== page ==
Millions of people around the world could be lifted out of their daily hardship and misery if the money lost to corruption was invested in sustainable development. Every year an estimated $1 trillion of illicit financial flows leave developing countries in the form of tax evasion, embezzlement, bribes, money laundering and smuggling.
That's why Sustainable Development Goal (SDG) 16 focusses on delivering justice, stopping illicit financial flows and ending corruption and bribery. It shows that world leaders have finally recognised the devastating effects corruption has on good governance and development. It is the poorest and most vulnerable that suffer most from corruption in our societies.
Transparency International's research has demonstrated that widespread bribery is associated with higher maternal mortality rates and more children dying before they reach the age of five. Half of school children do not complete primary school in countries where bribery is common. In the poorest countries, one out of every two people has to pay a bribe to access basic services like education, health and water.
So where are we now? We are a long way from the times when corruption was the word that was never spoken in the corridors of power. Today it is almost impossible to open a newspaper anywhere in the world without reading about a grand corruption scandal, be it on the Brazilian state oil giant Petrobras and the powerful construction companies or the former Ukrainian President Viktor Yanukovych.
The fact that corruption is so omnipresent in the news gives an idea of the huge amount of corruption that affects the world today, but is also a sign of progress. It shows that brave investigative journalists, courageous prosecutors and anti-corruption activists around the world are uncovering corrupt networks and want to change the system.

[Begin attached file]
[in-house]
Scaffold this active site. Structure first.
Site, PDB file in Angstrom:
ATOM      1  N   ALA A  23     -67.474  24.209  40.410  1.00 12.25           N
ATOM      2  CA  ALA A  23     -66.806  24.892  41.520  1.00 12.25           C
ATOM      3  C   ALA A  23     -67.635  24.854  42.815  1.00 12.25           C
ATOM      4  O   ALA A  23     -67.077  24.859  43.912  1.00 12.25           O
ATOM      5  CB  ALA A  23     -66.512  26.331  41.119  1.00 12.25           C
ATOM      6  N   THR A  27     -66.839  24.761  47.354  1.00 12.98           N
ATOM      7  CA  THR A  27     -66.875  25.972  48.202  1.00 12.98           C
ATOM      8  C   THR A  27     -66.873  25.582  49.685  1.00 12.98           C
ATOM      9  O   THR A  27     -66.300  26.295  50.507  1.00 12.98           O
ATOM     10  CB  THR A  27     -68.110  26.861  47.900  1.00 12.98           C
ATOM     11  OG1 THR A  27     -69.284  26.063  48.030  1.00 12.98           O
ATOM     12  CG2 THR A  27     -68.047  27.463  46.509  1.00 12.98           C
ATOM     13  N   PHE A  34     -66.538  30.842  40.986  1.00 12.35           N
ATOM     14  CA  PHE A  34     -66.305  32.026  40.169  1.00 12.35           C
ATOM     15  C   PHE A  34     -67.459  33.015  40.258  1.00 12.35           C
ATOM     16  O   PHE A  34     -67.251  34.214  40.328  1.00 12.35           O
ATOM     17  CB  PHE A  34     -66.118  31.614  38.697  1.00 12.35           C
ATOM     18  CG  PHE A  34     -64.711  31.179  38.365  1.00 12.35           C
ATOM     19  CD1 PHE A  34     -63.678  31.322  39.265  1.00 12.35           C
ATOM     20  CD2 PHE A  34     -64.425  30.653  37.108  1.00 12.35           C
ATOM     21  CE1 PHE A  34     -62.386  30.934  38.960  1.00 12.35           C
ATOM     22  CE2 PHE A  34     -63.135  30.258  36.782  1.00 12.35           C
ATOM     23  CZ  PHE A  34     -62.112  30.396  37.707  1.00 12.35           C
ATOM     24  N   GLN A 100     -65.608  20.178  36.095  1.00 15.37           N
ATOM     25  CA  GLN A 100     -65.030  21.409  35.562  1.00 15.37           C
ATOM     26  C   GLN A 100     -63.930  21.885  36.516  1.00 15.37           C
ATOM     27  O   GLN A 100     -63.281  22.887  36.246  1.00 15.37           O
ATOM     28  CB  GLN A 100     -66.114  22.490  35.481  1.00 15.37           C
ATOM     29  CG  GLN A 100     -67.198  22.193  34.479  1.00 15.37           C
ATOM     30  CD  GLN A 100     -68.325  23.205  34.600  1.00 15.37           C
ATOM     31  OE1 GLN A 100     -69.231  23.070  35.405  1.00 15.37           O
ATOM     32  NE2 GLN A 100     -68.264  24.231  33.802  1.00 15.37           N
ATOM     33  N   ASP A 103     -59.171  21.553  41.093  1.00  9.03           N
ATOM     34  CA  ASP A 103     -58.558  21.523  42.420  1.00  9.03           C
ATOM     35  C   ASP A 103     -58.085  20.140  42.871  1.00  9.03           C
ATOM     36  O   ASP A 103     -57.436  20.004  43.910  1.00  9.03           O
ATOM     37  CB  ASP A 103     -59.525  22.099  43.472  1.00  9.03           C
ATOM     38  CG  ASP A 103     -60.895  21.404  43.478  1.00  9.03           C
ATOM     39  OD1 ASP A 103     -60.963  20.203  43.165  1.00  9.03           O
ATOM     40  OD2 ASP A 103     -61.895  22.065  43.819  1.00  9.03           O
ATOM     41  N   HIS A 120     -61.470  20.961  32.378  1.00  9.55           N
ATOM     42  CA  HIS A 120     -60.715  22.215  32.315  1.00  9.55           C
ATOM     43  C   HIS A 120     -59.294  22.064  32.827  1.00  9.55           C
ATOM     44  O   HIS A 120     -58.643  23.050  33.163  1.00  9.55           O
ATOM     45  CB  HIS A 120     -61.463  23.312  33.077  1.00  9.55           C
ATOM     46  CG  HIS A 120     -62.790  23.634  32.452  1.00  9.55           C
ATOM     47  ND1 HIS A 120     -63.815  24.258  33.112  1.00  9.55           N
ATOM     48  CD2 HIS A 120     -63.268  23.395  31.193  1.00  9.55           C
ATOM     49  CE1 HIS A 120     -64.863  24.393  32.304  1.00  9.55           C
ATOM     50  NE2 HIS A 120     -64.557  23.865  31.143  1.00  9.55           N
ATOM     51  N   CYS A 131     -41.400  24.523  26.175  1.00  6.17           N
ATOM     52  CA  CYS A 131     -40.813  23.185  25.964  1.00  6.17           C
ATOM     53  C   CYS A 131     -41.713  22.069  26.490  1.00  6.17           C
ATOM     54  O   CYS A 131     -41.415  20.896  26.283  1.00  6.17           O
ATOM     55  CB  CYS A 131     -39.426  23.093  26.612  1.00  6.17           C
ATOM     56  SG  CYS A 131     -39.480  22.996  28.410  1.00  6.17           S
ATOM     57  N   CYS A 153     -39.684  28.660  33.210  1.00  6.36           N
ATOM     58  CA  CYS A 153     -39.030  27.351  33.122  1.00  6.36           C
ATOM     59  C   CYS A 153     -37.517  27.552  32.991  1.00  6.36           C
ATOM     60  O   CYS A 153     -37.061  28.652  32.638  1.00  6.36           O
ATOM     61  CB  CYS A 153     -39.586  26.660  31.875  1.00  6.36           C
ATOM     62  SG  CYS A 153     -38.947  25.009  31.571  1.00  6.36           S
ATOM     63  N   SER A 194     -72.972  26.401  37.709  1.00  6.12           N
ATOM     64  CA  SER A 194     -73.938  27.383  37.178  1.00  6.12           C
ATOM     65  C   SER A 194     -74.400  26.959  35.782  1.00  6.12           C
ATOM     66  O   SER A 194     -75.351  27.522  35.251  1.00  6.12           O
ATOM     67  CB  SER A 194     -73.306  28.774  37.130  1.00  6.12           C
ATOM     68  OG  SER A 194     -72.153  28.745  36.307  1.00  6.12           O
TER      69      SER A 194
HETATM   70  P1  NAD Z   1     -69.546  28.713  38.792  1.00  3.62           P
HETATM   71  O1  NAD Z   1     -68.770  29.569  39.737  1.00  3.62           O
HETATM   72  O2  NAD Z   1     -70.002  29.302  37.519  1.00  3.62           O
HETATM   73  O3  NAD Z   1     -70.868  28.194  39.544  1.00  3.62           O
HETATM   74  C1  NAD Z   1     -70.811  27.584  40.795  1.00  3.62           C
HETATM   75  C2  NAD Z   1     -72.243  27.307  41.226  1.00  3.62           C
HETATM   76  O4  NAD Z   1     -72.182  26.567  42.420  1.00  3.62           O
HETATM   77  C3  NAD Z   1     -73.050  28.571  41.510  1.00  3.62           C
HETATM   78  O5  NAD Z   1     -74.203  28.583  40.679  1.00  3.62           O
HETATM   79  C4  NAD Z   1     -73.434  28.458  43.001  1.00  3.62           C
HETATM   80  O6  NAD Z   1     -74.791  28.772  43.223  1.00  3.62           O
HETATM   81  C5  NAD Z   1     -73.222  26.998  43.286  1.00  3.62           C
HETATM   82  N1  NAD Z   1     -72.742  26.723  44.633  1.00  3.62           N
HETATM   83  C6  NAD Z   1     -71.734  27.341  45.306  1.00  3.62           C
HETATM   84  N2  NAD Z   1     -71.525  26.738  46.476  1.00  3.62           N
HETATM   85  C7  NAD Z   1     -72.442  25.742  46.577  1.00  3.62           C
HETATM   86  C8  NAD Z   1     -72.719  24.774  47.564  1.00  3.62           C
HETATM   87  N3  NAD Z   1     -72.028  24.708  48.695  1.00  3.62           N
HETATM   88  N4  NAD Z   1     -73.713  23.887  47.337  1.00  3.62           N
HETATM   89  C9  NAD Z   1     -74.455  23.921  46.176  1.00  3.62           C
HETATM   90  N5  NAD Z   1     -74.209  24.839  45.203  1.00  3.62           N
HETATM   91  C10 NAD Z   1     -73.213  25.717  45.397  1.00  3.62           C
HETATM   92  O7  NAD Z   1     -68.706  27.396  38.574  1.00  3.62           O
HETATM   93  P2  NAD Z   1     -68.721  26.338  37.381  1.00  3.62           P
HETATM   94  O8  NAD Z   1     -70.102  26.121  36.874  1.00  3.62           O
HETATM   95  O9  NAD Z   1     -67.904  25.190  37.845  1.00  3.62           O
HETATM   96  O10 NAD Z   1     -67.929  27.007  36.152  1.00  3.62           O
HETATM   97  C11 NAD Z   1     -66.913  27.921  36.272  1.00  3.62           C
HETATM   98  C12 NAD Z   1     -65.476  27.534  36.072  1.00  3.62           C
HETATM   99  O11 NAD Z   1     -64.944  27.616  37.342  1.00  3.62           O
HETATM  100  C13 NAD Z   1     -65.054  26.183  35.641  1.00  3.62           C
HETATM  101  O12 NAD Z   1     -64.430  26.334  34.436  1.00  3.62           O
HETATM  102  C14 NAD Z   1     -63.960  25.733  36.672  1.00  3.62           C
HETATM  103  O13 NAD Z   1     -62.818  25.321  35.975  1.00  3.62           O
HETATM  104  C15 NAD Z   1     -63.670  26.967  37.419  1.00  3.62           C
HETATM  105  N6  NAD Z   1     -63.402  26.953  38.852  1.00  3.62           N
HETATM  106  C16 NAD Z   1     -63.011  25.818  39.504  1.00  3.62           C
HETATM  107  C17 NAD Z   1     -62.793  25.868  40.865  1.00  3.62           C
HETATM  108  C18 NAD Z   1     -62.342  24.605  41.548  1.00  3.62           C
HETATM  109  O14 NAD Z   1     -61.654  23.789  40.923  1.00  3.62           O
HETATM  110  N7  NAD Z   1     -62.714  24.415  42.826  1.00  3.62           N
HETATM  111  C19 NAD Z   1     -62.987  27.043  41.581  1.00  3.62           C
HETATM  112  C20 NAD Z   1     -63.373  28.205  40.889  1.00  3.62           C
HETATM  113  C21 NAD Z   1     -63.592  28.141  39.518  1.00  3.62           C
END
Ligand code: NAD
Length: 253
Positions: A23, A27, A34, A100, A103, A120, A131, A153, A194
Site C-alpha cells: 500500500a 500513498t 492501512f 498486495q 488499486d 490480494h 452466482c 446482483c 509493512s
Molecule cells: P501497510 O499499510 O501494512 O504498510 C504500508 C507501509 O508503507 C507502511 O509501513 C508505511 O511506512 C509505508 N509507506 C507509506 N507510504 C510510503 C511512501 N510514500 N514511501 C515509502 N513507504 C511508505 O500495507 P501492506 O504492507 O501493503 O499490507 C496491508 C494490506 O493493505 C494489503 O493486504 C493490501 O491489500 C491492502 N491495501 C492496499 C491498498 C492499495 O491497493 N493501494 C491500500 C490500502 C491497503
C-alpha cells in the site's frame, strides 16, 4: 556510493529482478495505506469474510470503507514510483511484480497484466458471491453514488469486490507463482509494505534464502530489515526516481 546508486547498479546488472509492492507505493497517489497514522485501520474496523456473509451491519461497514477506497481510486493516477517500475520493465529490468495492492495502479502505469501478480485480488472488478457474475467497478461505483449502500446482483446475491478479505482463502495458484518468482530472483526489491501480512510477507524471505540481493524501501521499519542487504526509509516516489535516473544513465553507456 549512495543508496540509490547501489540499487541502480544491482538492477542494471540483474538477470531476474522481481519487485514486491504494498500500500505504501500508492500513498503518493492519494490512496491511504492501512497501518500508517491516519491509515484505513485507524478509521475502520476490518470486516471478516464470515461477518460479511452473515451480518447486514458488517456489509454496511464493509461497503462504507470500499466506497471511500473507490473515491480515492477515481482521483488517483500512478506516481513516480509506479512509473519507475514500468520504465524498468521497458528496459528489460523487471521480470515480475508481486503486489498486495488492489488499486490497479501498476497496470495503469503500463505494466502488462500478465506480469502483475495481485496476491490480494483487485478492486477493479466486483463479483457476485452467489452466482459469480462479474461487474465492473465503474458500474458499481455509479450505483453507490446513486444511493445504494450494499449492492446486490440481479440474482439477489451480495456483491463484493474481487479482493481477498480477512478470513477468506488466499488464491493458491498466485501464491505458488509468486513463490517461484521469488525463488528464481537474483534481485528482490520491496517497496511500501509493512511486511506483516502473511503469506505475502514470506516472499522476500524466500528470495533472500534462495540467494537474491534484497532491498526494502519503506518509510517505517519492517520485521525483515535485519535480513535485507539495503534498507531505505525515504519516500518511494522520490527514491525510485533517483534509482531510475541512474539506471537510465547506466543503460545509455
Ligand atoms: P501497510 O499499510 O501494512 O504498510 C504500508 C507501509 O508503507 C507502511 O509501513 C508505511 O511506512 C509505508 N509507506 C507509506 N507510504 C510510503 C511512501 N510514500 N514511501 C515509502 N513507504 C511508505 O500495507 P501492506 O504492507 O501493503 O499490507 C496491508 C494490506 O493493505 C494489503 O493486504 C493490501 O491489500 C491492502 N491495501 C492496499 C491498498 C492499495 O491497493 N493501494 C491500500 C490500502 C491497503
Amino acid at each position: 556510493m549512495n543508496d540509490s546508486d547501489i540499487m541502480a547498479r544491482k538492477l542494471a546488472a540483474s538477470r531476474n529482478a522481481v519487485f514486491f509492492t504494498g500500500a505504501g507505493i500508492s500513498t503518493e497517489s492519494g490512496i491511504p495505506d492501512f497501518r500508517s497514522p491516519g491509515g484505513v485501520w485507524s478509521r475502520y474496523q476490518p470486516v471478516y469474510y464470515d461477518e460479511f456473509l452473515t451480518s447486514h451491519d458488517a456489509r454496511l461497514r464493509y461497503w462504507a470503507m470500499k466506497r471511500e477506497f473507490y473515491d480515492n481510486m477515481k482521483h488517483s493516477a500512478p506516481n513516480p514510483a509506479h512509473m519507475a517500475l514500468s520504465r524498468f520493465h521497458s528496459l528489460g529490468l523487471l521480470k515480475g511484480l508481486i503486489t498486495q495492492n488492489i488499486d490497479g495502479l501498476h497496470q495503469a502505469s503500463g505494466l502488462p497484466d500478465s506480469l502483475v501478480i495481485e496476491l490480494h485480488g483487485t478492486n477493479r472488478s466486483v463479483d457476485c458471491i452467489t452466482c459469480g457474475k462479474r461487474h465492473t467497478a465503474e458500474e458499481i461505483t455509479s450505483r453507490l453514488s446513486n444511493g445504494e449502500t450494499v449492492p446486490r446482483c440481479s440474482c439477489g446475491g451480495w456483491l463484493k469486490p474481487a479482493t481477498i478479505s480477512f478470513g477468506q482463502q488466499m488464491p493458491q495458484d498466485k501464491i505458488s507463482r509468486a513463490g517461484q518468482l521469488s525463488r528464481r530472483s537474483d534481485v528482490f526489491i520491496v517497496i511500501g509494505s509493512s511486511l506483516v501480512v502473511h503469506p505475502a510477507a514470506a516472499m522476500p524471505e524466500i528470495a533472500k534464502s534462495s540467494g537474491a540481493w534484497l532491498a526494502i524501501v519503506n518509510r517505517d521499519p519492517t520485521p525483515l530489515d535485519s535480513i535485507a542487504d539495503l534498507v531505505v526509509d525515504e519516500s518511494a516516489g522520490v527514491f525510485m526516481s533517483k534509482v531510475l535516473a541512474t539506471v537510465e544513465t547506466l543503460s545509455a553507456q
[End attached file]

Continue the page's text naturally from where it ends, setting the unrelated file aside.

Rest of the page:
Yet there is still too much impunity for corruption. In today's ever-more connected world, the corrupt can move stolen public funds often with a single keystroke. They can start secret companies and use them to buy expensive properties and luxury goods. The Panama Papers showed just how easy, widespread and devastating this can be.
We urgently need all countries to require much higher levels of transparency so we know who owns and controls companies registered in their territories. We need to sanction the professionals - the lawyers, the estate agents, the bankers and the accountants - who look the other way or even enable corruption.
Countries need to work together to make this happen. To fight transnational crime, international cooperation on investigations, prosecutions, and anti-corruption legislation is essential. That's where the SDGs, the international community, the United Nations and civil society should come in.
On the one year anniversary of the SDGs it's time for everyone to do the math on solving the problem of poverty and inequality and to take action on corruption and organised crime. Policies for development and policies for anti-corruption must finally be one in the same.
We - as citizens and as civil society - need to be able to hold our governments accountable to their commitments. Too often the data presented by governments to the United Nations is biased or does not show the full picture, as we have clearly seen in the case of Venezuela. This proves the importance of having an active and engaged civil society that is given space to monitor government commitments.
We need to make sure that the right indicators are used to monitor and measure progress on all fronts and across all countries. We need participatory channels to measure progress (or lack thereof) on introducing appropriate laws to fight corruption. We need to protect the victims and witnesses of corruption by insisting on safe mechanisms to report it.
Ultimately, the only way to judge the Sustainable Development Goals' success, is for people around the world to feel that their lives have markedly improved. If they are faced with corruption in their daily lives this will not happen.
The barometer of the success of the SDGs will be the number of real people, living real lives, who say that they are not asked for a bribe, that the courts treat them fairly and that those who are found to be corrupt are punished. When kleptocrats and their enablers stop looting the states affecting the poor, then sustainable development will be a reality.
This post is part of a series produced by The Huffington Post to mark the occasion of the one-year anniversary of the adoption of the Sustainable Development Goals (SDGs, or, officially, "Transforming Our World: the 2030 Agenda for Sustainable Development"). The SDGs represent an historic agreement -- a wide-ranging roadmap to sustainability covering 17 goals and 169 targets -- but stakeholders must also be held accountable for their commitments. To see all the posts in the series, visit here.